Microsoft’s MSN Messenger, or Windows Live Messenger as it’s now known, will be fully retired on October 31st. The software maker originally announced its plans to shift users over to Skype last year, but Microsoft kept the service running in China. After October 31st Chinese Messenger users will need to use Skype, bringing an end to 15 years of the service.
MSN Messenger started off life in 1999 as a rival to AOL’s AIM service. Both companies battled over chat dominance, and Microsoft engineers reverse-engineered AOL’s chat protocol to allow MSN Messenger to sign into AIM, a process that AOL wasn’t happy with when Microsoft first released its instant messaging client. Over the years Microsoft added various features, including custom emoticons, the ability to play Minesweeper with friends, a nudge feature that would shake a friends chat window, and the super annoying winks option to send friends giant animated emoticons.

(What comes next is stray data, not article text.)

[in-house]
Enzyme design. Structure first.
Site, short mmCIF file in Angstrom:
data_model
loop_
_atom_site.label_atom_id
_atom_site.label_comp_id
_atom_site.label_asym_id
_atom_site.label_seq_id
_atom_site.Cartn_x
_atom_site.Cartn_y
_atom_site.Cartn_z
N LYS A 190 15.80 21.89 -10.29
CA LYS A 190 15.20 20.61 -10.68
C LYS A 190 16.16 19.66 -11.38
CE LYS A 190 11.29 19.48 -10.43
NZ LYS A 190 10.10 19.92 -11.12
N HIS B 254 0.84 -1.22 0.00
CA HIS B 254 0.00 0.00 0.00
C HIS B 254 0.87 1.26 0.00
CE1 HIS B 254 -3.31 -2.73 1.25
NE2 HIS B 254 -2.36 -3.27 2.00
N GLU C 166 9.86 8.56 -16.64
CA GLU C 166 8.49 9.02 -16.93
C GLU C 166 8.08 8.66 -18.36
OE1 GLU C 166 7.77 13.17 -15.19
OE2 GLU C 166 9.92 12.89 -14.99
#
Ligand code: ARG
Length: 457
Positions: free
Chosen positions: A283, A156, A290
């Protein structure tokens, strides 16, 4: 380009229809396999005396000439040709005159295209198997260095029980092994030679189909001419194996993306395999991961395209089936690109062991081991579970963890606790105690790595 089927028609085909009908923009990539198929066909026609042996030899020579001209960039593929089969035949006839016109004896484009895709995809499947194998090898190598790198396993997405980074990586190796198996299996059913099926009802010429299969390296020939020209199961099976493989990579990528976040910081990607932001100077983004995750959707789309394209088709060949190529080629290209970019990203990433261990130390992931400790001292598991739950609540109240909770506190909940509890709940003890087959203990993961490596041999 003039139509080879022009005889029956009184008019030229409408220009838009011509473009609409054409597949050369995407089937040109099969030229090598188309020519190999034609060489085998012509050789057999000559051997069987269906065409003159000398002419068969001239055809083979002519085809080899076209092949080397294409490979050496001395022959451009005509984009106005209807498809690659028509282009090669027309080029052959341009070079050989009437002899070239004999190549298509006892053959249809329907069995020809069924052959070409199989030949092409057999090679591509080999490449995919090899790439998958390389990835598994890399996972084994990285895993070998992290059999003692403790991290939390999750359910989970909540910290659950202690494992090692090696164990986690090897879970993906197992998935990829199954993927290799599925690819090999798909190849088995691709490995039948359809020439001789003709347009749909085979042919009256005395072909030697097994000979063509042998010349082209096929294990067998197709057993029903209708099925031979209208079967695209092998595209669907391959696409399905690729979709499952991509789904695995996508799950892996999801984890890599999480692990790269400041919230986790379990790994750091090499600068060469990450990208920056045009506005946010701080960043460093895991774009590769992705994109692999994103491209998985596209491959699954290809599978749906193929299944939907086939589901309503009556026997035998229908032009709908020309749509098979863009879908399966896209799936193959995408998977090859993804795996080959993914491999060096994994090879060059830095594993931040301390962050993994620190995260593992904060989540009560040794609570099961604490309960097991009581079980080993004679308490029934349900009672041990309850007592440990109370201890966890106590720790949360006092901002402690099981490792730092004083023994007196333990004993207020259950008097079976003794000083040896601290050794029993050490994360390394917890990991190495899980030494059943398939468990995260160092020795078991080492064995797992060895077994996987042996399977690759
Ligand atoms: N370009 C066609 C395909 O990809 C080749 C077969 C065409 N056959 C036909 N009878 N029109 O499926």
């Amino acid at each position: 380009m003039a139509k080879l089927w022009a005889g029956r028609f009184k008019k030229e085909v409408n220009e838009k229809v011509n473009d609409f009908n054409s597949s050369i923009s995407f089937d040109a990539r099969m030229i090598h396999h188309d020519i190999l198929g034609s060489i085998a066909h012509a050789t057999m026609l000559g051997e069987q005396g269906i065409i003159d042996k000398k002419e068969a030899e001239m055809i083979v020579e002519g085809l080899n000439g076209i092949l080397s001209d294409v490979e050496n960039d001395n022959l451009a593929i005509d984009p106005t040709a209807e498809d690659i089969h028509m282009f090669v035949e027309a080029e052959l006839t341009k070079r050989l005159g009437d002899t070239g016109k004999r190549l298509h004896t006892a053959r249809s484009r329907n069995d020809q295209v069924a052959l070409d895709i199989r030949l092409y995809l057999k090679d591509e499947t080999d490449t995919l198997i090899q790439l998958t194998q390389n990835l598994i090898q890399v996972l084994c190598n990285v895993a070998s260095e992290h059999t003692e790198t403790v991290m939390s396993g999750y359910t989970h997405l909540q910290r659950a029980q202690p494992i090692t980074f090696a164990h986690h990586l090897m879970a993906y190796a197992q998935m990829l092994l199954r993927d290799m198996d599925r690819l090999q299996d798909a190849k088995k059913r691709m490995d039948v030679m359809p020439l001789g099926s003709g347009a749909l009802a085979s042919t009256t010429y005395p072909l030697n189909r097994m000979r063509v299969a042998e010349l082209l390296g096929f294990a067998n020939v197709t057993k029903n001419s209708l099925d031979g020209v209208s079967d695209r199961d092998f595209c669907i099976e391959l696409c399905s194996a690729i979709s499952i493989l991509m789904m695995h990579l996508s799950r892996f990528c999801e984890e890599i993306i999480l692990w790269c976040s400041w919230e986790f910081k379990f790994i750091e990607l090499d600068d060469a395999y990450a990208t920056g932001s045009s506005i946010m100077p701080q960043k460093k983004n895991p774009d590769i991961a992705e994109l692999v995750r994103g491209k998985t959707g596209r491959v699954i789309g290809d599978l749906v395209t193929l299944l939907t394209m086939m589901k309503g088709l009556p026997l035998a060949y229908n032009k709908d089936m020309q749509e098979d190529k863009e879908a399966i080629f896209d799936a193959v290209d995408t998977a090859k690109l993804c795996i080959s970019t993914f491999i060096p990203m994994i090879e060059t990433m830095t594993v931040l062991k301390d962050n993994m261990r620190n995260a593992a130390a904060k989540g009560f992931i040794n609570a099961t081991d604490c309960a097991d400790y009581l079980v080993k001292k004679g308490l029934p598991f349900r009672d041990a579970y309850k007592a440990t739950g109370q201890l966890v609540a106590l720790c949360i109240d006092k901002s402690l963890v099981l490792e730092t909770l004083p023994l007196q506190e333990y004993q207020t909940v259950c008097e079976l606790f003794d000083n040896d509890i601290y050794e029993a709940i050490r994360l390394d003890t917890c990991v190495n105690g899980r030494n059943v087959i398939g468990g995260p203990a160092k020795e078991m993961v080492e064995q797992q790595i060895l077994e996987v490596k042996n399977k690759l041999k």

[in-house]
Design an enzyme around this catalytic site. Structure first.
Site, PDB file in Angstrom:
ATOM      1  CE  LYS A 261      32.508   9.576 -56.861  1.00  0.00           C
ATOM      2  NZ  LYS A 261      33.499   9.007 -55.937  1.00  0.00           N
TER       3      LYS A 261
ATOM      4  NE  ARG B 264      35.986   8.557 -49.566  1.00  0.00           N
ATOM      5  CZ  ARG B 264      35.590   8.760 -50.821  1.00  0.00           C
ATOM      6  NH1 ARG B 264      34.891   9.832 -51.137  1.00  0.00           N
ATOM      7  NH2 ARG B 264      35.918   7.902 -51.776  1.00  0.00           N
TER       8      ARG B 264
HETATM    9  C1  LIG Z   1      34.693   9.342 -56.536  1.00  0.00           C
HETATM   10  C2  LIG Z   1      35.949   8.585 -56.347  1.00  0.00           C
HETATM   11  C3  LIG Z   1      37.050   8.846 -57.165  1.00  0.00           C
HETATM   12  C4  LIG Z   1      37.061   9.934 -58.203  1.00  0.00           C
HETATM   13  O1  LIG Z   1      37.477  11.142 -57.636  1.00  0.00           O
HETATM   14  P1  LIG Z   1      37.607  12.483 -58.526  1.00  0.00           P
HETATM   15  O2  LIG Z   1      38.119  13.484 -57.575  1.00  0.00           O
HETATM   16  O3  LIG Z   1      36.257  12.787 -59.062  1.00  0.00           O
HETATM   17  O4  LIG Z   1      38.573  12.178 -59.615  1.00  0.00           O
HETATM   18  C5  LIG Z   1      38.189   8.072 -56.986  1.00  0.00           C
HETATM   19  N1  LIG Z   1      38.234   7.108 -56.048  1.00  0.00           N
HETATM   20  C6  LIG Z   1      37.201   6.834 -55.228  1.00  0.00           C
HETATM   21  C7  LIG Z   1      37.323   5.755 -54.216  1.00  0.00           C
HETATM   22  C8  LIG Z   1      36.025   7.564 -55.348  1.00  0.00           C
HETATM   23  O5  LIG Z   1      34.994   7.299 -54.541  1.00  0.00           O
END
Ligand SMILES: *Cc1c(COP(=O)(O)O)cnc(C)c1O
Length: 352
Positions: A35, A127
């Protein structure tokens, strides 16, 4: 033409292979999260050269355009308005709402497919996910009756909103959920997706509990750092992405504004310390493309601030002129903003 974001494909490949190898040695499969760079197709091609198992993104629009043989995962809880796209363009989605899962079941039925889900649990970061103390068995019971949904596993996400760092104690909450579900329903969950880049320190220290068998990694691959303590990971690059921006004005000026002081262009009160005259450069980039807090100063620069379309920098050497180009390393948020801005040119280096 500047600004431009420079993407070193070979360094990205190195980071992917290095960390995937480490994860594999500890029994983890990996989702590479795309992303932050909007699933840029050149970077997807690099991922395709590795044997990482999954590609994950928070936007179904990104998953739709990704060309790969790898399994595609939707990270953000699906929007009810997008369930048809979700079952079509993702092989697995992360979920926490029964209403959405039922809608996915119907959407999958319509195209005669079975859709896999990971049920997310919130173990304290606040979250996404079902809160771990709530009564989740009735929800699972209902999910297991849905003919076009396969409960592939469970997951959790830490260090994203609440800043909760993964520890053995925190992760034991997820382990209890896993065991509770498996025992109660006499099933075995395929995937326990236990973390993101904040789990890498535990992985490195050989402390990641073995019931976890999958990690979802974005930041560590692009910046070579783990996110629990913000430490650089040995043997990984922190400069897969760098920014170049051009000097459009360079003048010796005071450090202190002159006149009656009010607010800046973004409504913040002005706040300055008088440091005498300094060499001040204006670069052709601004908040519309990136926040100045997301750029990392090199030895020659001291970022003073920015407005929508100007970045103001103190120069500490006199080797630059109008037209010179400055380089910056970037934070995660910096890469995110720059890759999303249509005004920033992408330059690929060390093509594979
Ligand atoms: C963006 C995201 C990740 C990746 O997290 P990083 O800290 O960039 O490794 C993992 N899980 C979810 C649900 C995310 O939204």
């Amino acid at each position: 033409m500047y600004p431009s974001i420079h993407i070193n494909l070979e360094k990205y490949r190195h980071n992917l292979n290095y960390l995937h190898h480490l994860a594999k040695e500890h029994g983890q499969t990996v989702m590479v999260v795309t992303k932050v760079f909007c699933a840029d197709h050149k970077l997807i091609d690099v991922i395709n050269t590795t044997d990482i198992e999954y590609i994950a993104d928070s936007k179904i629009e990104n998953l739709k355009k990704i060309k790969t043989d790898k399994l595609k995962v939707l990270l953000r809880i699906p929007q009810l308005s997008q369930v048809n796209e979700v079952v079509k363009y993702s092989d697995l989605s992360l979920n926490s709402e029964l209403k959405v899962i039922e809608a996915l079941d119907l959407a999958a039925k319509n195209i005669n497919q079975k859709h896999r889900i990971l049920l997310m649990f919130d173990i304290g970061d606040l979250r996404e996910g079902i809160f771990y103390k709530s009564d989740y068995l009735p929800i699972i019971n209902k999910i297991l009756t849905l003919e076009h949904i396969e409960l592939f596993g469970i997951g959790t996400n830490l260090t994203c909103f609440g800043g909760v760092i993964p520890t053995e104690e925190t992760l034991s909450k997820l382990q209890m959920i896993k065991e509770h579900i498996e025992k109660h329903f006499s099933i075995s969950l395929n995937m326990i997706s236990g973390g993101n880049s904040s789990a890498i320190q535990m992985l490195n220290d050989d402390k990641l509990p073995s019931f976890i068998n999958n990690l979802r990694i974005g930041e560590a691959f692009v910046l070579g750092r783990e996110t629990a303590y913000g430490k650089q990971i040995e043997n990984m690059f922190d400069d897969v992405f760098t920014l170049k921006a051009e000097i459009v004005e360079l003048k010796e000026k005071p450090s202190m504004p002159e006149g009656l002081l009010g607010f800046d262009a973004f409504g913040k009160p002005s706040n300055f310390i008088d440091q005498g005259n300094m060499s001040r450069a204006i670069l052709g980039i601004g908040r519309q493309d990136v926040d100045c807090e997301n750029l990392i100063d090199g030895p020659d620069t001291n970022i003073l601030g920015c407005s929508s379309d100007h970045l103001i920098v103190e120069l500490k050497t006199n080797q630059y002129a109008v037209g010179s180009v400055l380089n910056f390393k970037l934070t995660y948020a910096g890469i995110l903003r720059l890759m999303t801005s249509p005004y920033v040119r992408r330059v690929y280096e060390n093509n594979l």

Microsoft has typically celebrated its MSN Messenger milestones with big green mascot outfits, but the 15-year mark and the end of the Messenger era is departing quietly. Here’s a look back at how MSN Messenger used to look, during a time when everyone put emoticons in their name or status message, and your mom picking up the phone and killing your modem connection to MSN Messenger was just as annoying as someone using the same font and color as you during a conversation. Farewell, MSN Messenger.
MSN Messenger started off life as a basic instant messenger without much bloat and just text communication
Microsoft gradually started improving Messenger with calling capabilities for Windows XP user
Video and audio calling was a big step for Messenger as Skype started to get popular (image credit: Winsupersite).
Microsoft added games like tic-tac-toe and Minesweeper to keep people always inside Messenger.
Winks were the most annoying feature of Messenger, with huge animated emoticons.
The many emoticons of MSN Messenger from back in the day (image credit: Ggftw).
Microsoft also added banner ads to Messenger, but apps like Messenger+ allowed you to remove them at the time (image credit: Taringa).
Windows Live Messenger ended with a social view option far different from its original interface (image credit: Congthinh).